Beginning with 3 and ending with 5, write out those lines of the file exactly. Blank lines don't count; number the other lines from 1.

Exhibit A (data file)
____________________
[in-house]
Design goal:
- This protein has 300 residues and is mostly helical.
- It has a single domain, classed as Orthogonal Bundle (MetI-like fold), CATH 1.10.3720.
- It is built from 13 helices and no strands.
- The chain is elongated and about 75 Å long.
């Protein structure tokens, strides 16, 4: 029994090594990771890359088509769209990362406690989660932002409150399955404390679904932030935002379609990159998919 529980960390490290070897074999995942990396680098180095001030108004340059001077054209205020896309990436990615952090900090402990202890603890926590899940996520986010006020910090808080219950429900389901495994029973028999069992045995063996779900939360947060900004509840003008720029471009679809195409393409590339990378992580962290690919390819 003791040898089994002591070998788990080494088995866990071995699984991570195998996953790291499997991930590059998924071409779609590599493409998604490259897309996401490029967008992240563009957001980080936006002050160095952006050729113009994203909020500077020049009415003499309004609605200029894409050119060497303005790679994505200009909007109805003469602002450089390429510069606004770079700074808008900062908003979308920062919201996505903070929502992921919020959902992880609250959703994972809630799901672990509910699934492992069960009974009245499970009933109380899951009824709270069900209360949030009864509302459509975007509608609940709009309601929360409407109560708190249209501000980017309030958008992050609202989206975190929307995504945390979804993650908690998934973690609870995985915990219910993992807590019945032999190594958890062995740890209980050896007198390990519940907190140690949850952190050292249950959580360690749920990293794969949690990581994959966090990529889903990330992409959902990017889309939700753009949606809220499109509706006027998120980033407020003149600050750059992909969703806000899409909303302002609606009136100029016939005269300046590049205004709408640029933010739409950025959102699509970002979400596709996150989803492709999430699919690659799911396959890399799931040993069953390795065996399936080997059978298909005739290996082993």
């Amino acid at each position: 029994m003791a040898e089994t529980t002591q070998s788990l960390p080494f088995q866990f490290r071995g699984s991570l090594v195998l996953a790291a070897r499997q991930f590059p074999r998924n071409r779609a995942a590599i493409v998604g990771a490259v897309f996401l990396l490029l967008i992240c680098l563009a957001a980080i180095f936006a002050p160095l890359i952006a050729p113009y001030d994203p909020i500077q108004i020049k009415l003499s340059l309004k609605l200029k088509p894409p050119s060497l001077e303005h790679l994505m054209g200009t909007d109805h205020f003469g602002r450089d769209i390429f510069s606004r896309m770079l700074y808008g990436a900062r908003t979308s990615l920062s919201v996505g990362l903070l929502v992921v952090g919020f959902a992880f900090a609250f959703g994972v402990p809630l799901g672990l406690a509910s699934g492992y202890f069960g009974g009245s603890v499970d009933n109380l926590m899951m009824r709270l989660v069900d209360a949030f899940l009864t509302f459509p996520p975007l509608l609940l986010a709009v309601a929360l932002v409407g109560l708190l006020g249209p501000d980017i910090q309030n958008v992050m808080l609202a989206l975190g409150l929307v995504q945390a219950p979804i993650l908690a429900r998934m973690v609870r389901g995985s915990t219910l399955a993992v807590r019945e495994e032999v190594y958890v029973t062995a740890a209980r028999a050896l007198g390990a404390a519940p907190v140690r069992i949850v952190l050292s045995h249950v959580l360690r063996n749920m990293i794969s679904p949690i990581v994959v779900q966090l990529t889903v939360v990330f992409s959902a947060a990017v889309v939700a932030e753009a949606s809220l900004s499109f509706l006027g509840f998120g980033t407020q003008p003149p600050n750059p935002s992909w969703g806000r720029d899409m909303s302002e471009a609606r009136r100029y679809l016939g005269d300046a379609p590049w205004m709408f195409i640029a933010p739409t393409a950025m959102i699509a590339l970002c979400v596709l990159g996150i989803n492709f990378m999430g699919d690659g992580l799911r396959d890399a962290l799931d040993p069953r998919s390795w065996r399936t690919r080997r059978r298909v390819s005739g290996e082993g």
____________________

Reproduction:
- This protein has 300 residues and is mostly helical.
- It has a single domain, classed as Orthogonal Bundle (MetI-like fold), CATH 1.10.3720.
- It is built from 13 helices and no strands.